Ignore vague terms

Successful investors and traders ignore vague terms. For starters, they don’t “worry” or “be concerned” about random things. For example, Michael Steindhardt used to say “don’t give me that bullshit about ‘XYZ is a worry’. What’s the exact probability? How likely do you think this is to happen”?
Playing the “I’m worried” game is Wall Street’s favorite game, because it’s how you get on CNBC and get media exposure. That’s why Wall Street and mainstream financial medialove to  “worry” about each and everything little thing. Hey, I’m worried about the sun not coming up tomorrow. If I said that, I could probably get on CNBC, and then guys will stroke their chins on it saying “hmmmm, interesting analysis”. But what is the probability?
Ray Dalio said in his book Principles

“don’t mistake possibilities for probabilities. Anything is possible. It’s the probabilities that matter. Everything must be weighed in terms of its likelihood and prioritized. People who can accurately sort probabilities from possibilities are generally strong at “practical thinking”. They’re the opposite of the philosopher types who tend to get lost in the cloud of possibilities.”

If you’re lying awake at night “worrying” or “concerned”, it means that either:

  1. Your position size is way too big (meaning you should invest with smaller position sizes), or…
  2. You’re not using a systematic approach to thinking. The world’s best investors sleep well at night e.g. Ray Dalio and Warren Buffett. They know their process, and they know what are the normal drawdowns for their investment systems. Warren Buffett has an investment system. He doesn’t wantonly make decisions. But of course he’s not going to tell you his thinking system/process.

If you want to be a successful investor, you need to ignore vague terms like “it’s a bubble”, which is the catchall for “this market has gone up a lot, I hate it because I’m not making money on the long side, I don’t really know when it will go down, but it will ‘eventually’ go down. I’m salty, but it’s ok. It’ll eventually go down. It’ll eventually go down. It’ll eventually go down.”.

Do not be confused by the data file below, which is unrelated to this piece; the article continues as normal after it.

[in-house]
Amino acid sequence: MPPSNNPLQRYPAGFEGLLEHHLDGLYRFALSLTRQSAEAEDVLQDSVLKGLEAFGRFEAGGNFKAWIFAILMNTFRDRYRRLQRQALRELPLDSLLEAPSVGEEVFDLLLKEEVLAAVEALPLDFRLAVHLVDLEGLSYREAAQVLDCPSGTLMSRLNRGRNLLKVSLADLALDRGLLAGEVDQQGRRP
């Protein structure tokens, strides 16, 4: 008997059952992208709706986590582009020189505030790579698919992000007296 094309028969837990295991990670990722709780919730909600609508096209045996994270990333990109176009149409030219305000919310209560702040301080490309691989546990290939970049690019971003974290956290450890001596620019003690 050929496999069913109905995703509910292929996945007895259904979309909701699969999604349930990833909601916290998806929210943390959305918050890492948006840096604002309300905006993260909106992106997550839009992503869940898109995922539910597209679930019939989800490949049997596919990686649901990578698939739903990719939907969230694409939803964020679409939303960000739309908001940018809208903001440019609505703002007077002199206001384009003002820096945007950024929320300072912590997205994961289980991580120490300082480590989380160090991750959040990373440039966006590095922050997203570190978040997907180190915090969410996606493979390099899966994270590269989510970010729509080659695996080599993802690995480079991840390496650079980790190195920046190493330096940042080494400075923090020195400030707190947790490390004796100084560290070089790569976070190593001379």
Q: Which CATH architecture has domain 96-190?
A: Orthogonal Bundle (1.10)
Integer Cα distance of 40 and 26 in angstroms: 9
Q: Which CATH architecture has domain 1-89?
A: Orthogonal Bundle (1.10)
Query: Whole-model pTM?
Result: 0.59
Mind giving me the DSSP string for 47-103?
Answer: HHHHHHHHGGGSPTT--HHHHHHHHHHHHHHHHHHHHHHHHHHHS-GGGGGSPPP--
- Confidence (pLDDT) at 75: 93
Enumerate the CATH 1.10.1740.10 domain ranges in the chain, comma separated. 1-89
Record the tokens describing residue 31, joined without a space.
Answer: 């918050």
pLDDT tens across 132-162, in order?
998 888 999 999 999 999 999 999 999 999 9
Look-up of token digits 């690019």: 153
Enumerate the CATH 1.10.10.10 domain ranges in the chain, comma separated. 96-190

A very common phrase you hear in the stock market is “this ‘feels’ just like 1999” or this “looks like” 1999 (the year before the equity bull market topped in March 2000).
Do not make decisions based on based on “it feels like” or “it looks like”. That’s BS. Stop “feeling”. Stop “eyeballing”. Market analysis that’s based on “feelings” = non-existent analysis. The stock market always “feels like “a bubble” whenever it’s going up. Stop trying to “feel” the market. Instead, try to estimate EXACTLY when the market will top or bottom. If an investor/trader cannot make precise quantitative predictions, then his “feelings” and “it’s a bubble” warnings aren’t worth 2 cents. Anyone can “feel” that the market will go down or “feel” that the market will go up.
Here’s the really funny thing. Finance is filled with people who like to mock “snowflakes” and “dumb millennials” who use their “feelings” to make a lot of decisions. Meanwhile, people who actually work in finance sure use their own “feelings” a lot! (Some of the people in this industry are terribly snarky and crass).
All the “it looks/feels like the stock market will crash like 1929/1987” charts are BS. It always “looks like” the market is going to crash like 1929.
Using these fractals is no better than a coin toss in real time.

Analogues and fractals are mostly no better than a 50/50 coin toss in real time. For example, a lot of fractal traders will say “the stock market today ‘looks like’ it is copying the stock market in 1985”.

  1. For starters, the stock market never “copies” another chart. The stock market is not a living organism. It doesn’t have a brain to “copy” another chart. It is merely the sum of each person’s BUY and SELL actions.
  2. Perfect correlations break down all the time if there is no logical reason behind them.

Ray Dalio described this the best. Do you know why so many 99% correlations break down when you least expect them to? Because they occur for no reason other than randomness. When you overlap 1 chart onto another because it has “strong correlation”, THAT IS NOT CAUSATION. When correlation is not causation, the correlation inevitably breaks down. This is the basic point that all the “fractal traders” miss out on.
Correlation is only causation IF the 2 correlated markets/charts have the same fundamental drivers:

  1. E.g in 2008, the economy deteriorated, so the stock market tanked.
  2. If the stock market is improving today, overlapping a 2008 chart onto the stock market today makes no sense. Correlation is not causation because the fundamentals are very different. Context matters.

Focus on finding causation and not on finding correlation. Correlation is easy to find, which generally makes it ineffective. Serious market analysis is not as easy as slapping one chart ontop of another.

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